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... many folks take them seriously because they just ‘know’ that evolution can never be seen in the immediate here and now. In fact, a precisely opposite situation prevails: biologists have documented a veritable glut of cases for rapid and eminently measurable evolution on timescales of years and decades.”
... objectivity resides in recognizing your preferences and then subjecting them to especially harsh scrutiny...
Human consciousness arose but a minute before midnight on the geological clock. Yet we mayflies try to bend an ancient world to our purposes, ignorant perhaps of the messages buried in its long history. Let us hope that we are still in the early morning of our April day.
In science, 'fact' can only mean 'confirmed to such a degree that it would be perverse to withhold provisional assent.' I suppose that apples might start to rise tomorrow, but the possibility does not merit equal time in physics classrooms.
Sigmund Freud often remarked that great revolutions in the history of science have but one common, and ironic, feature: they knock human arrogance off one pedestal after another of our previous conviction about our own self-importance.
The most erroneous stories are those we think we know best - and therefore never scrutinize or question.
The most important scientific revolutions all include, as their only common feature, the dethronement of human arrogance from one pedestal after another of previous convictions about our centrality in the cosmos.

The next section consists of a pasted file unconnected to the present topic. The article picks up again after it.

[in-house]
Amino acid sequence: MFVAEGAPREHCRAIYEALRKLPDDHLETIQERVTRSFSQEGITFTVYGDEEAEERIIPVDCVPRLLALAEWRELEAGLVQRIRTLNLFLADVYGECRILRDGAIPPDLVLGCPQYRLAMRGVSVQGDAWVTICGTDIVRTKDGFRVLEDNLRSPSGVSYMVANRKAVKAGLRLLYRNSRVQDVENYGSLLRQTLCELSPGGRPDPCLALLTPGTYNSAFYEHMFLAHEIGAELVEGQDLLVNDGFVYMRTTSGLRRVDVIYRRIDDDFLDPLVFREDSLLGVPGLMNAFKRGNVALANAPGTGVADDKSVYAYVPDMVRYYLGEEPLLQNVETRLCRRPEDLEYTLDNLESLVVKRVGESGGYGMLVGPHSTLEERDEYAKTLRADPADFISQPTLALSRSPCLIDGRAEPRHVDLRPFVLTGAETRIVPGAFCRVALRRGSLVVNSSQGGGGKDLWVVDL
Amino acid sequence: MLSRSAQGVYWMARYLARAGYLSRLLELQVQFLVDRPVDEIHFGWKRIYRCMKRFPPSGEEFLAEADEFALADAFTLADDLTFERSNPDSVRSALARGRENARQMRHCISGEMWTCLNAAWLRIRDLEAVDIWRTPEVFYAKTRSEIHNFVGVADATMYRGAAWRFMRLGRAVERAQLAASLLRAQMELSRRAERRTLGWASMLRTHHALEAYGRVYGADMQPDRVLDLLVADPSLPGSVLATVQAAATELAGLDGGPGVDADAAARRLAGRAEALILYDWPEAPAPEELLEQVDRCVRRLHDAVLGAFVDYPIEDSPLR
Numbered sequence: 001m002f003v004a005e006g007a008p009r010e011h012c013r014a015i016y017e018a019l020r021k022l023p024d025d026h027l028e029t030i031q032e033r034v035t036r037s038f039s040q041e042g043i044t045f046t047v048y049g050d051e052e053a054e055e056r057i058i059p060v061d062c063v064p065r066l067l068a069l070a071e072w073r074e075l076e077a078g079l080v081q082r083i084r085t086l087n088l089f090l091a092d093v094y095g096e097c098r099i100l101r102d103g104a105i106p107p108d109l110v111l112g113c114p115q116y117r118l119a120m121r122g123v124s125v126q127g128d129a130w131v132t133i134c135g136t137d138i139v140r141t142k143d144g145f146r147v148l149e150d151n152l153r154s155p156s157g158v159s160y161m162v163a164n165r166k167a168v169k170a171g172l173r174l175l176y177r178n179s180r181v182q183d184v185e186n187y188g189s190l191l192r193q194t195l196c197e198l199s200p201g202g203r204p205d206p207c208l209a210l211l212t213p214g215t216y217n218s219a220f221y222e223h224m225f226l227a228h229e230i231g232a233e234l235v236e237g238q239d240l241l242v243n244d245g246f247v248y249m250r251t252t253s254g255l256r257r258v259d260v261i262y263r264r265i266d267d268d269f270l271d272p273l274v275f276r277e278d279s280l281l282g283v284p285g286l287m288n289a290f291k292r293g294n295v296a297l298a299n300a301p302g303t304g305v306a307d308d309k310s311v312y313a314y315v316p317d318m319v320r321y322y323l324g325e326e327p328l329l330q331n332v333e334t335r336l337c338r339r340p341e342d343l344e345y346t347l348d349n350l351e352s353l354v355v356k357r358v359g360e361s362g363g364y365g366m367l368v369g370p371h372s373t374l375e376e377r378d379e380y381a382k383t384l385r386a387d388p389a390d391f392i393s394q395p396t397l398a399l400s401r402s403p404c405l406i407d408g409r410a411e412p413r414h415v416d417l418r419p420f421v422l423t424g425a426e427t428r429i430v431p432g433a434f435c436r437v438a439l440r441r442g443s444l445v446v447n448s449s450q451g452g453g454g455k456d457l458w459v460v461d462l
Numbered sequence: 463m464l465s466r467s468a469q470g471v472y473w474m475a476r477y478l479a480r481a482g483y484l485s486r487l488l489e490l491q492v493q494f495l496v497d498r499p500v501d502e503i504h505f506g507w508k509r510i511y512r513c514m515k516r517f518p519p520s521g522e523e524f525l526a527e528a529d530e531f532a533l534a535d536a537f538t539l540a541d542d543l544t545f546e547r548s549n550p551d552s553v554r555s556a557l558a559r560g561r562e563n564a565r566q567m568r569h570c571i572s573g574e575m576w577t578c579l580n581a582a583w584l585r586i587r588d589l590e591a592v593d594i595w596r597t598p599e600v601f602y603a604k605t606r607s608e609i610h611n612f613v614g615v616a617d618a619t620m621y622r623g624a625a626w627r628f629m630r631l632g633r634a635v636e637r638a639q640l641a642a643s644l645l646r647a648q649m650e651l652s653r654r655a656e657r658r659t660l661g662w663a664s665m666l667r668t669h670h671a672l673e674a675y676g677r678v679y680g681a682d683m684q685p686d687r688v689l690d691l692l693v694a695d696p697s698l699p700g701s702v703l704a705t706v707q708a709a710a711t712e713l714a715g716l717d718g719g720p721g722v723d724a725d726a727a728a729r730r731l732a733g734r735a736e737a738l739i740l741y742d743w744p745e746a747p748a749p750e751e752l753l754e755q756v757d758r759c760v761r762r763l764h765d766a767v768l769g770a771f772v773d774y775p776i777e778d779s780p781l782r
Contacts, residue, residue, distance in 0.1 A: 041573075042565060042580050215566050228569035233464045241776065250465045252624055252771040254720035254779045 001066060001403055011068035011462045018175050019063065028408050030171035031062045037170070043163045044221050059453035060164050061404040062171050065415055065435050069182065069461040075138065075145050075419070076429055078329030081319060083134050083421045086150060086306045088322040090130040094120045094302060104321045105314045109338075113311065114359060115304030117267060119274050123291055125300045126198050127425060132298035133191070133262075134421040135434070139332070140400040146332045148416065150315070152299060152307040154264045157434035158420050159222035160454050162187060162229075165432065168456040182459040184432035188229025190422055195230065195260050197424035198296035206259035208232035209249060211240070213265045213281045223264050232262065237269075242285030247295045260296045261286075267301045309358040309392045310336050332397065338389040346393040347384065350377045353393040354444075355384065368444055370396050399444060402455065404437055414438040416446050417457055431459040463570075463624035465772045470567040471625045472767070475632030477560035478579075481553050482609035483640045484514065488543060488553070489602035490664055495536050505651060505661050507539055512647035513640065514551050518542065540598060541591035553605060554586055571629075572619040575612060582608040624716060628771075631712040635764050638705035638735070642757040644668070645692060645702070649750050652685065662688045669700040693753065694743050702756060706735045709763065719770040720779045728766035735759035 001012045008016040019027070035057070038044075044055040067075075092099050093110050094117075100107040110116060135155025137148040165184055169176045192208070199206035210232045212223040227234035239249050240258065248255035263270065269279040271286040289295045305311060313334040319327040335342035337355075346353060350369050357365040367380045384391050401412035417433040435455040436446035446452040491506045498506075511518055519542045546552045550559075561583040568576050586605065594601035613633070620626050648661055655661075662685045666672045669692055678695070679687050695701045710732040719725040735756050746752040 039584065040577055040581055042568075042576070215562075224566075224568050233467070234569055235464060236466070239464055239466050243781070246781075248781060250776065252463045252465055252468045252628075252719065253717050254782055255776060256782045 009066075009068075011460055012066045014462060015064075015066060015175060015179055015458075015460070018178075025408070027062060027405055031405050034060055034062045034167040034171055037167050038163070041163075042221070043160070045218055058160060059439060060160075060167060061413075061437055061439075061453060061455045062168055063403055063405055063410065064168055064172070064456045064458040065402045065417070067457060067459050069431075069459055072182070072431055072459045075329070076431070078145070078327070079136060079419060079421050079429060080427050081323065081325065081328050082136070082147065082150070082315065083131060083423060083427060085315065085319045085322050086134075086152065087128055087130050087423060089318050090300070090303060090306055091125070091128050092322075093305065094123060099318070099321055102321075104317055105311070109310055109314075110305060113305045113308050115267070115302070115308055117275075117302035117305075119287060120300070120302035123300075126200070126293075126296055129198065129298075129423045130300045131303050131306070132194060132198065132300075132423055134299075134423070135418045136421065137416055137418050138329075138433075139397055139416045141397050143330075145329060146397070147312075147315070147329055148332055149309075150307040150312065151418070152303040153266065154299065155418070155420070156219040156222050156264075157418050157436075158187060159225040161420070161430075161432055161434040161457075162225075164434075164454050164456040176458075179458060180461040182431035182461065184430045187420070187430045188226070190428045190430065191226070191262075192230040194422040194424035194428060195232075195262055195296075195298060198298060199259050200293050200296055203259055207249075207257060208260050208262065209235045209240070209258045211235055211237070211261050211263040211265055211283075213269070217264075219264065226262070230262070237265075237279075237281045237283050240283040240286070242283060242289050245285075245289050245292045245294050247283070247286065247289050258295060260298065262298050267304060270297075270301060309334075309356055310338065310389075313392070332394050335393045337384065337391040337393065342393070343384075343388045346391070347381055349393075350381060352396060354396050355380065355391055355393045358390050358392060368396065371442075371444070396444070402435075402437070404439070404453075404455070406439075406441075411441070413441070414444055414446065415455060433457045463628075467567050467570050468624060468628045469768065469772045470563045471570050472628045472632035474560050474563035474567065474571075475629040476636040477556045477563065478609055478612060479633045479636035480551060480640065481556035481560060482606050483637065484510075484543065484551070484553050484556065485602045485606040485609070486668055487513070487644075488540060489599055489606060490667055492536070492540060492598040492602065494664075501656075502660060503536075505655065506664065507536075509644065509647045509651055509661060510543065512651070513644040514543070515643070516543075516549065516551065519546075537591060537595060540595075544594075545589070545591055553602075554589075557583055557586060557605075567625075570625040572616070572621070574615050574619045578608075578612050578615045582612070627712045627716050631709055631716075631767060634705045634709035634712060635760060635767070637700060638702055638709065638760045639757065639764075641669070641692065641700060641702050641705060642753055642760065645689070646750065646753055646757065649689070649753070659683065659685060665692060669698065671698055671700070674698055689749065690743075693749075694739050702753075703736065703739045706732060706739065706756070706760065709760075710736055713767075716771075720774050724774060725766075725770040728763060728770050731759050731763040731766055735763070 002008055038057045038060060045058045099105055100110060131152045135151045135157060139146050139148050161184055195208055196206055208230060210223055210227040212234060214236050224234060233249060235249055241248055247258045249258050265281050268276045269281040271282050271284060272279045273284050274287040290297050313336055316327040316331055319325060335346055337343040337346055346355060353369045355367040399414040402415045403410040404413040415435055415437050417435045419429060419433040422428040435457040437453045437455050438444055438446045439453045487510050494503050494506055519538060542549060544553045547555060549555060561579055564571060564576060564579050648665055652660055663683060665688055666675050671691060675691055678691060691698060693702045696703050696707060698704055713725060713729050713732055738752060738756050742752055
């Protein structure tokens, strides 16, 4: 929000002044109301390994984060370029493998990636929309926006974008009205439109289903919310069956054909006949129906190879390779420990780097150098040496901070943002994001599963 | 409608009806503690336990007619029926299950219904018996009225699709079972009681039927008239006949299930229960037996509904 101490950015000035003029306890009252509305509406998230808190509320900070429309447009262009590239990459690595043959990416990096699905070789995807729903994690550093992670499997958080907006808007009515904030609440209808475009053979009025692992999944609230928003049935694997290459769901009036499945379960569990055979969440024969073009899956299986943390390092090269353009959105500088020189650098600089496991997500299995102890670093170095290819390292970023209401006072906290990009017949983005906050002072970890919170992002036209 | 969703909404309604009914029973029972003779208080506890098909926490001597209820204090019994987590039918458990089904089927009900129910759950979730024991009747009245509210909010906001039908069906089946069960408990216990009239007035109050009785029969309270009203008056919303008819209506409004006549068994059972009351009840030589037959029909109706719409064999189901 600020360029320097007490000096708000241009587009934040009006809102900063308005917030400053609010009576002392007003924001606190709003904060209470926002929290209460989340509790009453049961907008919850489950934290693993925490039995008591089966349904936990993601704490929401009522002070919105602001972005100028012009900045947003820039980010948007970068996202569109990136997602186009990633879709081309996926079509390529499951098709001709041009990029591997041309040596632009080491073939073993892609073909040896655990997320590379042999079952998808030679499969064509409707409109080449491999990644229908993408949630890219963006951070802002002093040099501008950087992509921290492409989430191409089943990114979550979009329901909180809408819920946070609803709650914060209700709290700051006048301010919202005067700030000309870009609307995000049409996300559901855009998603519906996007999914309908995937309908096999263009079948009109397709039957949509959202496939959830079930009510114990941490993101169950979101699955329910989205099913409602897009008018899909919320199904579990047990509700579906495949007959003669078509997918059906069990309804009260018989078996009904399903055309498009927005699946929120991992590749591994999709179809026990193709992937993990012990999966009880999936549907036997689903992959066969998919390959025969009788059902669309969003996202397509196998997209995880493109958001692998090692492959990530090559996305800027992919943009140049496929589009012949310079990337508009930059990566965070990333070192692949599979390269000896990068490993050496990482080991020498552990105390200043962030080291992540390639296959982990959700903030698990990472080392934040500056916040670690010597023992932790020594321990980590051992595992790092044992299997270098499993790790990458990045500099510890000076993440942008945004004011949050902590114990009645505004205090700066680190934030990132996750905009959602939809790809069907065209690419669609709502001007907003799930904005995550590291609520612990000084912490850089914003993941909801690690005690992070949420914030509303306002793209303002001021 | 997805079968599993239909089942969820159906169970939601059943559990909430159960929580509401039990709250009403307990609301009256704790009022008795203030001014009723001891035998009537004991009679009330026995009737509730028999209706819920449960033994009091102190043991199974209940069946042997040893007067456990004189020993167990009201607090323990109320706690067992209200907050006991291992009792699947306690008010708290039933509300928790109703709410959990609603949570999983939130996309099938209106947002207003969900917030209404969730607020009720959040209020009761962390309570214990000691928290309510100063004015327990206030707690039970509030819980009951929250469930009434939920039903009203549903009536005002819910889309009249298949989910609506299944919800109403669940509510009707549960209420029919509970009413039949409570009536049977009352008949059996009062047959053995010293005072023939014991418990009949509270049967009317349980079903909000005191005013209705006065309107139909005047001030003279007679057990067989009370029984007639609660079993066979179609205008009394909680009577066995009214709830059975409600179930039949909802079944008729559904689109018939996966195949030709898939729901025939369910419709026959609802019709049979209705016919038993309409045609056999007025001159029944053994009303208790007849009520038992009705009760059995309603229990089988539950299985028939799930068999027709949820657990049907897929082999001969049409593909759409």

The true beauty of nature is her amplitude she exists neither for nor because of us, and possesses a staying power that all our nuclear arsenals cannot threaten (much as we can easily destroy our puny selves).
[L]ife shows no trend to complexity in the usual sense—only an asymmetrical expansion of diversity around a starting point constrained to be simple.”
“I emphatically do not assert the general ‘truth’ of this philosophy of punctuational change. Any attempt to support the exclusive validity of such a grandiose notion would border on the nonsensical.”
“If evolution almost always occurs by rapid speciation in small, peripheral isolates, then what should the fossil record look like? We are not likely to detect the event of speciation itself. It happens too fast, in too small a group, isolated too far from the ancestral range ...
“Speciation does not necessarily promote evolutionary change; rather, speciation 'gathers in' and guards evolutionary change by locking and stabilization for sufficient geological time within a Darwinian individual of the appropriate scale. If a change in a local population does not gain such protection, it becomes—to borrow Dawkins's metaphor at a macroevolutionary scale—a transient duststorm in the desert of time, a passing cloud without borders, integrity, or even the capacity to act as a unit of selection, in the panorama of life's phylogeny.”
“The literal record was not a hopelessly and imperfect fraction of truly insensible gradation within large populations but an accurate reflection of the actual process identified by evolutionists as the chief motor of biological change. The theory of punctuated equilibrium was, in its initial formulation, little more than this insight adumbrated.”
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